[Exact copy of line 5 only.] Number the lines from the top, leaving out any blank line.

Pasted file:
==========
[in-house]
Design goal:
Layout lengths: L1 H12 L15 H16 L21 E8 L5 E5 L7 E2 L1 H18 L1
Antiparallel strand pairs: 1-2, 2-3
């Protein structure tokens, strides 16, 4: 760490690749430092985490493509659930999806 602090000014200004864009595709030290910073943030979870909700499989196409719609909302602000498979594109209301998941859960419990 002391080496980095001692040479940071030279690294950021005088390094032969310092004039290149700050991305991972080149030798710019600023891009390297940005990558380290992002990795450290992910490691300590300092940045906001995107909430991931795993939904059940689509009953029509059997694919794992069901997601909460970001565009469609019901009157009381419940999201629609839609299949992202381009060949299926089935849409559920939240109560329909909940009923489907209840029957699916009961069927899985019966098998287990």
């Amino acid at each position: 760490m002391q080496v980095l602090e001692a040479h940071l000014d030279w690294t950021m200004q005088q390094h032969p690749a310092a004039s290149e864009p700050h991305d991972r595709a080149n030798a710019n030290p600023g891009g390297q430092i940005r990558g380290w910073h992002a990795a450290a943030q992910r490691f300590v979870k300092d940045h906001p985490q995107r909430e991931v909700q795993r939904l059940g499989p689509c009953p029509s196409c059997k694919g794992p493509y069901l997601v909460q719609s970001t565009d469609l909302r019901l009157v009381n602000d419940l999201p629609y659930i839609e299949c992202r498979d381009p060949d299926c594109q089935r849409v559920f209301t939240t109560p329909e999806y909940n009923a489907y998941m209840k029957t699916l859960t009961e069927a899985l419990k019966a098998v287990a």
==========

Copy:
């Protein structure tokens, strides 16, 4: 760490690749430092985490493509659930999806 602090000014200004864009595709030290910073943030979870909700499989196409719609909302602000498979594109209301998941859960419990 002391080496980095001692040479940071030279690294950021005088390094032969310092004039290149700050991305991972080149030798710019600023891009390297940005990558380290992002990795450290992910490691300590300092940045906001995107909430991931795993939904059940689509009953029509059997694919794992069901997601909460970001565009469609019901009157009381419940999201629609839609299949992202381009060949299926089935849409559920939240109560329909909940009923489907209840029957699916009961069927899985019966098998287990």